From the Journals

Severity of sepsis-associated coagulopathy predicts hospital mortality

 

Key clinical point: Risk of hospital mortality increased incrementally with the severity of sepsis-related coagulopathy.

Major finding: Hospital mortality was 25.4% for patients with no sepsis-associated coagulopathy, increasing progressively up to 56.1% for patients in the most severe category.

Study details: A retrospective cohort study including 6,148 consecutive patients hospitalized at a 1,300-bed urban academic medical center between 2010 and 2015.

Disclosures: One author reported institutional funding from Asahi Kasei Pharma America and another noted support from Barnes-Jewish Hospital Foundation. No other potential conflicts of interest were reported.

Source: Lyons PG et al. Crit Care Med. 2018 May;46(5):73642.

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Simple, straightforward system should inform future studies

This study outlines a simplified classification scheme for coagulopathy with implications that are potentially “profound,” according to authors of an editorial accompanying the journal article.

“Despite the frequency with which hemostatic derangements occur in sepsis, there has not been a widely accepted system for stratification of coagulopathies,” said editorialists Garrett W. Britton, DO, Cody Babcock, PharmD, and Christopher J. Colombo, MD. “Of the most cited criteria, all have varying concordance, and one does not seem to have an advantage over another.”

In the present study, patients with sepsis-associated coagulopathy were stratified into mild, moderate, and severe categories based on international normalized ratio (INR) levels and platelet counts.

While the study has limitations including a sicker patient cohort and arbitrarily chosen severity thresholds, the investigators did find progressively increasing mortality rates that correlated with severity and were independent of confounding variables.

“Overall, this stratification system will prove useful in identifying target populations in future interventional studies,” the editorial authors wrote.

Since sepsis-related mortality remains high, the ultimate goal of research should be identifying varying phenotypes of the disease and targeting them with specific therapies, they added.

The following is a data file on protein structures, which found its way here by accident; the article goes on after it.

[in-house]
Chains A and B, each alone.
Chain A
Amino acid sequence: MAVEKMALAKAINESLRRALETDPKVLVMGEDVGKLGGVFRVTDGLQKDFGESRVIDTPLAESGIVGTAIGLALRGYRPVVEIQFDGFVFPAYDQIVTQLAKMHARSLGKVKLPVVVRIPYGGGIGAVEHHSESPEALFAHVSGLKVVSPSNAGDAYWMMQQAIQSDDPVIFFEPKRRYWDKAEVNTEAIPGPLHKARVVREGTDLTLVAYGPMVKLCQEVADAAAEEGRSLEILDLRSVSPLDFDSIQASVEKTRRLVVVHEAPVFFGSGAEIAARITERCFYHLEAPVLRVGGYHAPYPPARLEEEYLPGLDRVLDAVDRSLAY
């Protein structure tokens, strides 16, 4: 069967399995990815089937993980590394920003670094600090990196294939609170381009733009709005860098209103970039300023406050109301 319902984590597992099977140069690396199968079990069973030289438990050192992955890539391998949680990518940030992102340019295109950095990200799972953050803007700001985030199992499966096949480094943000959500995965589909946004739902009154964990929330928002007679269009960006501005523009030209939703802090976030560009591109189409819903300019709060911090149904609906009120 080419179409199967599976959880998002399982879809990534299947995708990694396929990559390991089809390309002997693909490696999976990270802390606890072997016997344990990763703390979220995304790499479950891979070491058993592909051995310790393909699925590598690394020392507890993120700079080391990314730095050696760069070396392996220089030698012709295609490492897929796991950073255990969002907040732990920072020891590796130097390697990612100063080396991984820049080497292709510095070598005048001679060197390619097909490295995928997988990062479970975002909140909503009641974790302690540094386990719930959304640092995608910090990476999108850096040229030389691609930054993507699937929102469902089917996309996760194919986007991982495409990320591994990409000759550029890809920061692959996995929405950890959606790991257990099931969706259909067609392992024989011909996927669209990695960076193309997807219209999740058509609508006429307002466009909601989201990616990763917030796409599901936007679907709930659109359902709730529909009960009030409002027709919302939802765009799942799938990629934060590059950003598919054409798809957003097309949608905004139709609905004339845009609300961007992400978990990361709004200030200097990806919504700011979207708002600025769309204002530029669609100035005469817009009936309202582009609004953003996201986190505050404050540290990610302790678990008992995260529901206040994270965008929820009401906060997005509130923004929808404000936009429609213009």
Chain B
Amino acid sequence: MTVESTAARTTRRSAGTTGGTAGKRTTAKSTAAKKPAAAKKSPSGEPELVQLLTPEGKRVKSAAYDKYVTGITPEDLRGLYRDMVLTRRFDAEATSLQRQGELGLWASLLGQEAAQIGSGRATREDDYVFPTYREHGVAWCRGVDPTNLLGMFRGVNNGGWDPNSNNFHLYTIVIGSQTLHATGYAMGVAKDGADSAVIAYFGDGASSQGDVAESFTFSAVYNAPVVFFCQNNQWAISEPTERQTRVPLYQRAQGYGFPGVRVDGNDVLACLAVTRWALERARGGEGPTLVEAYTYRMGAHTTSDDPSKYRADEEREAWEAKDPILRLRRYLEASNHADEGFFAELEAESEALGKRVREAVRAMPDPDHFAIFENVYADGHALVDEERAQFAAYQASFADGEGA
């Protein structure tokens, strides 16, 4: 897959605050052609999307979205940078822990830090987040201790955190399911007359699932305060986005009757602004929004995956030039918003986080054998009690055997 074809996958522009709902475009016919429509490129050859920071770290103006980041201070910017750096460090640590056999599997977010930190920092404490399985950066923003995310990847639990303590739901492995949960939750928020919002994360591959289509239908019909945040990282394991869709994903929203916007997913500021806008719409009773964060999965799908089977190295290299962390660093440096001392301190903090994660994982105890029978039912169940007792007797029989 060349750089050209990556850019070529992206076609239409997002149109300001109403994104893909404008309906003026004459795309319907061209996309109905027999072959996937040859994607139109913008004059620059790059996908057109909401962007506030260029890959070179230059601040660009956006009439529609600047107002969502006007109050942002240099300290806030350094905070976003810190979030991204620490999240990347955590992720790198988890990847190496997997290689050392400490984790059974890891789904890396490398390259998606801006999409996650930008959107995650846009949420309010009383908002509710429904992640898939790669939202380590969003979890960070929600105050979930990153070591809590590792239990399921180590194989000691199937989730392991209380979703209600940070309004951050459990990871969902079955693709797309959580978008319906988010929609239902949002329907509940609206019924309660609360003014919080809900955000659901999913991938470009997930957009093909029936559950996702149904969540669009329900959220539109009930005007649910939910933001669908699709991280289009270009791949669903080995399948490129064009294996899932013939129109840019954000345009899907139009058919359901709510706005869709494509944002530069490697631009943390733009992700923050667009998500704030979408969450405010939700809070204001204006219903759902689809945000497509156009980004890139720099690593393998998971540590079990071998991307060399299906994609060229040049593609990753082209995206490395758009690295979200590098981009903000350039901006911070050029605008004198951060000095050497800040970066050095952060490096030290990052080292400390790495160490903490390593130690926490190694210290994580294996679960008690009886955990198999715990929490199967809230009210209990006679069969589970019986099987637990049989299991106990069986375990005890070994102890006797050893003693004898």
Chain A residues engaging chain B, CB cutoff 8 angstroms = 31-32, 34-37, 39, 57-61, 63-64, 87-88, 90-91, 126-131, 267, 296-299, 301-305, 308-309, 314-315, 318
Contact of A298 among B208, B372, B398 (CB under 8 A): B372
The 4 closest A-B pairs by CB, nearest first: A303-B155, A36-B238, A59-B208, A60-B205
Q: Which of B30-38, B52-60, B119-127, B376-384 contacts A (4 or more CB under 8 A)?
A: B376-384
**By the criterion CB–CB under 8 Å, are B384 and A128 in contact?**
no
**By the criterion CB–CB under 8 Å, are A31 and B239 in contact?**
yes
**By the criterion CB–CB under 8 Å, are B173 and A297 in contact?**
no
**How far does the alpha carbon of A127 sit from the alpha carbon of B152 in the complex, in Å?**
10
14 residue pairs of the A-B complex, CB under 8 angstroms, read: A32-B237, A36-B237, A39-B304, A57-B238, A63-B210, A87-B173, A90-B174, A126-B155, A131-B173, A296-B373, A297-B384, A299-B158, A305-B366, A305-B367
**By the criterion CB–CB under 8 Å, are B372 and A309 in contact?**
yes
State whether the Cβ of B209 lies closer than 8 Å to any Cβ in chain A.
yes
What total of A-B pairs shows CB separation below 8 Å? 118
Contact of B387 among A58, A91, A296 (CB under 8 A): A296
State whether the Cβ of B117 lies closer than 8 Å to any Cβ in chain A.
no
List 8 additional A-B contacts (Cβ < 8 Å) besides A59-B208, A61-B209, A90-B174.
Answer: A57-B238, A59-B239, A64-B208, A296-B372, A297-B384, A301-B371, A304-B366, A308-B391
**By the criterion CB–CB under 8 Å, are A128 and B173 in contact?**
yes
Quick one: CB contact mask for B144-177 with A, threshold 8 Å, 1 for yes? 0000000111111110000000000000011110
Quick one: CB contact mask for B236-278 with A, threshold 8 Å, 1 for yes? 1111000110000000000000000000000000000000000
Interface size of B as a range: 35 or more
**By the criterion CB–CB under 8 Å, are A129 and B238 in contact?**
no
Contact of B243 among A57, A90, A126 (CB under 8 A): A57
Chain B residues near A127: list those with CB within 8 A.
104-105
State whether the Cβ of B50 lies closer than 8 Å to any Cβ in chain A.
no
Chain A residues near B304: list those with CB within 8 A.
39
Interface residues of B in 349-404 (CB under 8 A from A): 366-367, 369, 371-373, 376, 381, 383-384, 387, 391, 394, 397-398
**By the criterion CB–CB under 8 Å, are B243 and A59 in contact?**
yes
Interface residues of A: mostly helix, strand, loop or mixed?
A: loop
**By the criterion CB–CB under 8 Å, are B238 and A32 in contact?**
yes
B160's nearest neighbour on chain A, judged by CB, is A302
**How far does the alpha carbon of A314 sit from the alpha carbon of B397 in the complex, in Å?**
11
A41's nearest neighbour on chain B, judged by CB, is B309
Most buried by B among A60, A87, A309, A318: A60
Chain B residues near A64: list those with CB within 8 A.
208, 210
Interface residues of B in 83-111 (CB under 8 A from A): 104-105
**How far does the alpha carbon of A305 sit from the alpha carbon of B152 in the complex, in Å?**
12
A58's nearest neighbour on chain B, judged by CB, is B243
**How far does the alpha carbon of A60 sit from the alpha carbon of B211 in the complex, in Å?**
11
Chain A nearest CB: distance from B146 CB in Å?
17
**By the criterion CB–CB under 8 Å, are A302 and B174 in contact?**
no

“Lyons et al. have aided the first steps in that process with their straightforward classification scheme for sepsis-associated coagulopathy,” they wrote. “Intelligently designed therapeutic trials ‘evaluating’ the response of these phenotypes to new (or old) pharmacotherapy should be the ultimate goal.”

Garrett W. Britton, DO, is with the department of medicine, critical care section, Walter Reed National Military Medical Center, Bethesda, Md. Cody Babcock, PharmD, and Christopher J. Colombo, MD, are with the department of medicine, critical care section, Dwight David Eisenhower Army Medical Center, Fort Gordon, Ga. These comments are derived from their editorial in Critical Care Medicine . The authors had no disclosures beyond reporting government work.


 

FROM CRITICAL CARE MEDICINE

Patients with sepsis-associated coagulopathy appear to be at heightened risk of death, according to results of a large retrospective cohort study.

The risk of death in the study increased with the severity of the sepsis-associated coagulopathy, which was defined using international normalized ratio (INR) and platelet counts.

Those findings suggest that the severity of coagulation abnormalities might be used to quantify mortality risk, according to investigator Patrick G. Lyons, MD, of the division of pulmonary and critical care medicine, Washington University, St. Louis, and his coinvestigators.

“Future trials of sepsis therapies targeting the coagulation cascade should take into account the presence or absence of sepsis-associated coagulopathy, as well as the severity of sepsis-associated coagulopathy, when formulating potential trial designs,” the investigators wrote in the journal Critical Care Medicine.

Their retrospective cohort study included 6,148 consecutive patients with sepsis or septic shock hospitalized at a 1,300-bed urban academic medical center between 2010 and 2015. Of that group, 26% had sepsis-associated coagulopathy, defined as having both an INR of 1.2 or higher and a platelet count less than 150,000/mcL. Sepsis-associated coagulopathy was classified as mild for 4%, moderate for 16%, and severe for 6% of the cohort.

Hospital mortality was 25.4% for patients with no sepsis-associated coagulopathy, the research team found, increasing progressively from 27.0% for mild, 40.7% for moderate, and 56.1% for patients in the most severe category of sepsis-associated coagulopathy (P less than .001).

Hospital and ICU days also increased progressively according to the severity of coagulopathy, they reported.

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